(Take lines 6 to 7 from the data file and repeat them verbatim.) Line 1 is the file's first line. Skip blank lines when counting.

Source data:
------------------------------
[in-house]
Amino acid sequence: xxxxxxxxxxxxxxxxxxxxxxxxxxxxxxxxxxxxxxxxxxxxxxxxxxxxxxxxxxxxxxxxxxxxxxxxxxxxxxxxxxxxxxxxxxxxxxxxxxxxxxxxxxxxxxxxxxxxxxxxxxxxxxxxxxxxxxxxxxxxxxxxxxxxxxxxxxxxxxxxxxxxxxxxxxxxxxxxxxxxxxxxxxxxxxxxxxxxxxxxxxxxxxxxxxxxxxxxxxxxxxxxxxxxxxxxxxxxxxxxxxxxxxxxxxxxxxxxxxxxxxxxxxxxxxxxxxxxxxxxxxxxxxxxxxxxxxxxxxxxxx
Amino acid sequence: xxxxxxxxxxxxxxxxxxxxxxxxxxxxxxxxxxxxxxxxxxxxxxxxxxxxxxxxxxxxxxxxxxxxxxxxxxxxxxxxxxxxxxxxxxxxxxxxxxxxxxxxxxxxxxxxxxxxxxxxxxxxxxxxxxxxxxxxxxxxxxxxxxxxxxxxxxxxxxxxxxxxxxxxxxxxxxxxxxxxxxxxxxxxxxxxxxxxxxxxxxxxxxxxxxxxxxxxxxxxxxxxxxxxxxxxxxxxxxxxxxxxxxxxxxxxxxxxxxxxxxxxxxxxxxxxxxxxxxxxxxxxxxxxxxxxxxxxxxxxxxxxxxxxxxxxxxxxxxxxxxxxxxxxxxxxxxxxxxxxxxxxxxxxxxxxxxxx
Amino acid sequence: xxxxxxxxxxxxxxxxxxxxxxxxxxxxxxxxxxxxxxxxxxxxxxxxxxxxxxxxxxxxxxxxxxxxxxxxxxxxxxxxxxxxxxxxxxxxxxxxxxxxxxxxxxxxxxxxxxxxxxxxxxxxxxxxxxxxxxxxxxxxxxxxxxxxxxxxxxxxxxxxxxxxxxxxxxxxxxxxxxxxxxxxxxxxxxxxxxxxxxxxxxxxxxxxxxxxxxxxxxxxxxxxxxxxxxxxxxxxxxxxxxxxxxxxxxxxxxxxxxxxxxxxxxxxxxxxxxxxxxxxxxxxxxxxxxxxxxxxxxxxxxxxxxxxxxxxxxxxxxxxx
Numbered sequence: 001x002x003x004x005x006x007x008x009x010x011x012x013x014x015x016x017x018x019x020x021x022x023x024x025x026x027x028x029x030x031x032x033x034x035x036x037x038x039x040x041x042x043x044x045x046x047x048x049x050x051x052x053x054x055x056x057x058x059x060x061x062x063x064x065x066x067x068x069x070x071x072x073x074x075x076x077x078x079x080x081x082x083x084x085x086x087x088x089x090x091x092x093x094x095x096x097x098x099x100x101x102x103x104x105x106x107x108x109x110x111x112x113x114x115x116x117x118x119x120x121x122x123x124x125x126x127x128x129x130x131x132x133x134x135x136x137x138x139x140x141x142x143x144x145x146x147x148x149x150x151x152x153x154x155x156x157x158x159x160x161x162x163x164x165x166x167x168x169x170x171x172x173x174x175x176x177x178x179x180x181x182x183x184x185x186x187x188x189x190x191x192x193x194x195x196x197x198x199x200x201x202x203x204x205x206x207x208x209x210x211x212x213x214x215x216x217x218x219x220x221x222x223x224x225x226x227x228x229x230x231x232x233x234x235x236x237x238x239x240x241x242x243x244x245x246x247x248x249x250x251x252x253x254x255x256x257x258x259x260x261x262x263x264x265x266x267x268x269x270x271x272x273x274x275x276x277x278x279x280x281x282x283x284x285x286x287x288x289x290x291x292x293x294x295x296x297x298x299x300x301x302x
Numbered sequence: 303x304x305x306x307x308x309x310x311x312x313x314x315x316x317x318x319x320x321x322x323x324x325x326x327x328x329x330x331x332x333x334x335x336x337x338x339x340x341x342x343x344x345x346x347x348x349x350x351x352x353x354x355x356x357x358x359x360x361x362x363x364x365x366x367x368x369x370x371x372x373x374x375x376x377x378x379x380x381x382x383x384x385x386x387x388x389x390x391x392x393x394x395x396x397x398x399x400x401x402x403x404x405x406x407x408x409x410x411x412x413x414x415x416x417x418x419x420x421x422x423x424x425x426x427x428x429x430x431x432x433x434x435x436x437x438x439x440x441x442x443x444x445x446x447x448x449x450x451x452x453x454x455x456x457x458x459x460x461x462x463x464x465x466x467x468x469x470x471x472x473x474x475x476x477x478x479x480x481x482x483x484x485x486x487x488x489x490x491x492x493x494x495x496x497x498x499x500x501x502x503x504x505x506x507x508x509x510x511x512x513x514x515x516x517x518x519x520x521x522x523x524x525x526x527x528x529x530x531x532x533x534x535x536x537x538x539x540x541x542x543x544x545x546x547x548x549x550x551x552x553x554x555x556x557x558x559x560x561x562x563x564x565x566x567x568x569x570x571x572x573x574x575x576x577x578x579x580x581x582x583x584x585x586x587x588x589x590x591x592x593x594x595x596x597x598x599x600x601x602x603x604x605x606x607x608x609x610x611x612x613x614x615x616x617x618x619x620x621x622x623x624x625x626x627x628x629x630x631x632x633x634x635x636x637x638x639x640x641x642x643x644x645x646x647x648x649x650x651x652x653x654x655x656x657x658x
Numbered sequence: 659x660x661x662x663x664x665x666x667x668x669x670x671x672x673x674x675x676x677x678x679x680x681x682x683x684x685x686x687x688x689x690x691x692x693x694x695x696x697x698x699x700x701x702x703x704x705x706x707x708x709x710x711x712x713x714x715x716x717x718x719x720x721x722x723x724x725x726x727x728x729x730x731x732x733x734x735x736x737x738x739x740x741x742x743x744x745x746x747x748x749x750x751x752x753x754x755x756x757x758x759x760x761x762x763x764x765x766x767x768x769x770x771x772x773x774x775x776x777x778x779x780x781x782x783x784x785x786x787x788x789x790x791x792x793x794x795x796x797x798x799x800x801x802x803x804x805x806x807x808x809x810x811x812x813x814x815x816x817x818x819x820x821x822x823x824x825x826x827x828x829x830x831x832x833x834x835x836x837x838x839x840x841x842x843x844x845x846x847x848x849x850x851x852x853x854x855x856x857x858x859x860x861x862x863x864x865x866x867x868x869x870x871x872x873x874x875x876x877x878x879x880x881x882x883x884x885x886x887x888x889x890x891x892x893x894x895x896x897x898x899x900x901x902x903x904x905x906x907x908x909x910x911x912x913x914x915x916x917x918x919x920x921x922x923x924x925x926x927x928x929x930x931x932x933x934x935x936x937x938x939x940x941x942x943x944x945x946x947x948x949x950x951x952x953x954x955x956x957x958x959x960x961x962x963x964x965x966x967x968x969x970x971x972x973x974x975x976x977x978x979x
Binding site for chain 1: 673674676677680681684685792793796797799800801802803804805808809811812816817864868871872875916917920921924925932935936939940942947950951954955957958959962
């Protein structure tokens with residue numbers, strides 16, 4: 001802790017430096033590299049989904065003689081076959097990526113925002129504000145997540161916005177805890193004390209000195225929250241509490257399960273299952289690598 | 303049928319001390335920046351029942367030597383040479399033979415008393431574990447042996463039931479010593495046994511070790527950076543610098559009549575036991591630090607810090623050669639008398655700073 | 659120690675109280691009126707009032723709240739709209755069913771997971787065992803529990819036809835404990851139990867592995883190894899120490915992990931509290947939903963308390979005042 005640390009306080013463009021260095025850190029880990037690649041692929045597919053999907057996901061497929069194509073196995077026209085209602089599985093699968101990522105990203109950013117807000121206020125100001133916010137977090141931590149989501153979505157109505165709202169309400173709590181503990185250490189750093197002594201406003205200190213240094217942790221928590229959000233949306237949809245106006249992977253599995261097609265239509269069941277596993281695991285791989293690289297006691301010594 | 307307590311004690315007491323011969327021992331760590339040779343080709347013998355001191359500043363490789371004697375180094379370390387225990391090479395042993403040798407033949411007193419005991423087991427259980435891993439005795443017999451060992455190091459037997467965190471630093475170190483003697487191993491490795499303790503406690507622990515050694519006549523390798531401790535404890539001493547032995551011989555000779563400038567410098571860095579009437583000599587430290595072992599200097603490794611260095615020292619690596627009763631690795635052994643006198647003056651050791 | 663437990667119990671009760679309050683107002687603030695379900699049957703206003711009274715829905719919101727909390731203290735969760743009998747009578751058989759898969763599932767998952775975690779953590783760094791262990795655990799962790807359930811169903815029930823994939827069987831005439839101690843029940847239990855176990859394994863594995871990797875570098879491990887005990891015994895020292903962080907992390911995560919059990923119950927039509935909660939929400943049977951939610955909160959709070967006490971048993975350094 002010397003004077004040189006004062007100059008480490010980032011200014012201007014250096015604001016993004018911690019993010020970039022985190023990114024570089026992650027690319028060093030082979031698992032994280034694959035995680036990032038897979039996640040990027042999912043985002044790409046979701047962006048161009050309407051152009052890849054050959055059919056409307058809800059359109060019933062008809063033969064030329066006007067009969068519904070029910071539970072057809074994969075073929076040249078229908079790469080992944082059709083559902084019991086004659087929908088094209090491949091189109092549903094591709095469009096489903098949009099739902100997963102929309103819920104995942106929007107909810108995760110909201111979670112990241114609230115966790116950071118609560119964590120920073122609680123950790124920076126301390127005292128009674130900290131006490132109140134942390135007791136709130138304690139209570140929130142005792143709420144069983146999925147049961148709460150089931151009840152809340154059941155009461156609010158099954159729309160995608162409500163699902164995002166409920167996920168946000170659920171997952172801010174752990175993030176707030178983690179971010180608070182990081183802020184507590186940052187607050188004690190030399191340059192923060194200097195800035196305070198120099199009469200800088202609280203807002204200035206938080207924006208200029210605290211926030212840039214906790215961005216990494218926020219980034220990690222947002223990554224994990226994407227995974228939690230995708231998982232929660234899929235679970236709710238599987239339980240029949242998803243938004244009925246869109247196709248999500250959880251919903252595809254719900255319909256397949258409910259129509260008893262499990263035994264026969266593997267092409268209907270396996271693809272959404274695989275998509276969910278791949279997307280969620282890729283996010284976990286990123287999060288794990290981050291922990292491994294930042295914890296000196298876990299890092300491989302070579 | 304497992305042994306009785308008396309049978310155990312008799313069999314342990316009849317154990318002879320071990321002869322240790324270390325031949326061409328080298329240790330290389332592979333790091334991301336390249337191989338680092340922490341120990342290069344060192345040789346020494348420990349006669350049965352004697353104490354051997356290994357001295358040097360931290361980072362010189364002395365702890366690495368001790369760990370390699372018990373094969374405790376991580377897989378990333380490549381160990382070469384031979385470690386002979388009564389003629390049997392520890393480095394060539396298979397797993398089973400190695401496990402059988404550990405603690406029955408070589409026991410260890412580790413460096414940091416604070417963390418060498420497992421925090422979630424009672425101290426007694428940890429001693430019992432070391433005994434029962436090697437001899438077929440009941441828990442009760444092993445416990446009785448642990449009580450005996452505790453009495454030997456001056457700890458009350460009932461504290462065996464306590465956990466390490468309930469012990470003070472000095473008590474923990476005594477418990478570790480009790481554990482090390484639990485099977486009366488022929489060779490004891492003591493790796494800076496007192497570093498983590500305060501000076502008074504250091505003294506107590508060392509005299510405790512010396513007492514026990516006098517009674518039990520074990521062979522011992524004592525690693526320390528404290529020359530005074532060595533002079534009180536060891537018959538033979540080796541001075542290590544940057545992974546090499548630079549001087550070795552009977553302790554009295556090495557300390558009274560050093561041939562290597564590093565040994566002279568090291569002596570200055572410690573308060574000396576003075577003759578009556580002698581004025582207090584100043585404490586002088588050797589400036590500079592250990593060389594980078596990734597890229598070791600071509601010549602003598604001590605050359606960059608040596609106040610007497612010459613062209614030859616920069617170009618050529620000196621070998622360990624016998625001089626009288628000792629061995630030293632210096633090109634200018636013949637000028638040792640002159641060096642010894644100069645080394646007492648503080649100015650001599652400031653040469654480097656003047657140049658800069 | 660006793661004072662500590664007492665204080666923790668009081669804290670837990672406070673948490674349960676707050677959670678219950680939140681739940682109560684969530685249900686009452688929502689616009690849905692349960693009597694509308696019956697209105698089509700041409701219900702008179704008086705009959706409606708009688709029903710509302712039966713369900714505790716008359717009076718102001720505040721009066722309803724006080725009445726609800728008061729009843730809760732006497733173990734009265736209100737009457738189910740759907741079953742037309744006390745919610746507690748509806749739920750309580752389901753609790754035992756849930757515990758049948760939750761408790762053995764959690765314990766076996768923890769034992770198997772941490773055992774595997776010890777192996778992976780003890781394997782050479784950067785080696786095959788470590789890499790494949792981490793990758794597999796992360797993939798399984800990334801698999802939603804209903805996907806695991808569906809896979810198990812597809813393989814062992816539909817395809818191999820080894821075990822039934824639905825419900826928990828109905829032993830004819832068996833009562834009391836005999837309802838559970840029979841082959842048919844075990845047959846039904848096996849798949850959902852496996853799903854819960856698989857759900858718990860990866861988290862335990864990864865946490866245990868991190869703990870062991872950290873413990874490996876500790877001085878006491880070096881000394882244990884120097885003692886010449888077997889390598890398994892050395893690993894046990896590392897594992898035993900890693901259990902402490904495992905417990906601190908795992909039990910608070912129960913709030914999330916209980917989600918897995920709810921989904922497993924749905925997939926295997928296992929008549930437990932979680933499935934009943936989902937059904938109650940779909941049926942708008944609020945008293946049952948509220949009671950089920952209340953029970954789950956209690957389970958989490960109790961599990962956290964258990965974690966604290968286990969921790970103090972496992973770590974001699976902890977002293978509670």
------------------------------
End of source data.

Numbered sequence: 303x304x305x306x307x308x309x310x311x312x313x314x315x316x317x318x319x320x321x322x323x324x325x326x327x328x329x330x331x332x333x334x335x336x337x338x339x340x341x342x343x344x345x346x347x348x349x350x351x352x353x354x355x356x357x358x359x360x361x362x363x364x365x366x367x368x369x370x371x372x373x374x375x376x377x378x379x380x381x382x383x384x385x386x387x388x389x390x391x392x393x394x395x396x397x398x399x400x401x402x403x404x405x406x407x408x409x410x411x412x413x414x415x416x417x418x419x420x421x422x423x424x425x426x427x428x429x430x431x432x433x434x435x436x437x438x439x440x441x442x443x444x445x446x447x448x449x450x451x452x453x454x455x456x457x458x459x460x461x462x463x464x465x466x467x468x469x470x471x472x473x474x475x476x477x478x479x480x481x482x483x484x485x486x487x488x489x490x491x492x493x494x495x496x497x498x499x500x501x502x503x504x505x506x507x508x509x510x511x512x513x514x515x516x517x518x519x520x521x522x523x524x525x526x527x528x529x530x531x532x533x534x535x536x537x538x539x540x541x542x543x544x545x546x547x548x549x550x551x552x553x554x555x556x557x558x559x560x561x562x563x564x565x566x567x568x569x570x571x572x573x574x575x576x577x578x579x580x581x582x583x584x585x586x587x588x589x590x591x592x593x594x595x596x597x598x599x600x601x602x603x604x605x606x607x608x609x610x611x612x613x614x615x616x617x618x619x620x621x622x623x624x625x626x627x628x629x630x631x632x633x634x635x636x637x638x639x640x641x642x643x644x645x646x647x648x649x650x651x652x653x654x655x656x657x658x
Numbered sequence: 659x660x661x662x663x664x665x666x667x668x669x670x671x672x673x674x675x676x677x678x679x680x681x682x683x684x685x686x687x688x689x690x691x692x693x694x695x696x697x698x699x700x701x702x703x704x705x706x707x708x709x710x711x712x713x714x715x716x717x718x719x720x721x722x723x724x725x726x727x728x729x730x731x732x733x734x735x736x737x738x739x740x741x742x743x744x745x746x747x748x749x750x751x752x753x754x755x756x757x758x759x760x761x762x763x764x765x766x767x768x769x770x771x772x773x774x775x776x777x778x779x780x781x782x783x784x785x786x787x788x789x790x791x792x793x794x795x796x797x798x799x800x801x802x803x804x805x806x807x808x809x810x811x812x813x814x815x816x817x818x819x820x821x822x823x824x825x826x827x828x829x830x831x832x833x834x835x836x837x838x839x840x841x842x843x844x845x846x847x848x849x850x851x852x853x854x855x856x857x858x859x860x861x862x863x864x865x866x867x868x869x870x871x872x873x874x875x876x877x878x879x880x881x882x883x884x885x886x887x888x889x890x891x892x893x894x895x896x897x898x899x900x901x902x903x904x905x906x907x908x909x910x911x912x913x914x915x916x917x918x919x920x921x922x923x924x925x926x927x928x929x930x931x932x933x934x935x936x937x938x939x940x941x942x943x944x945x946x947x948x949x950x951x952x953x954x955x956x957x958x959x960x961x962x963x964x965x966x967x968x969x970x971x972x973x974x975x976x977x978x979x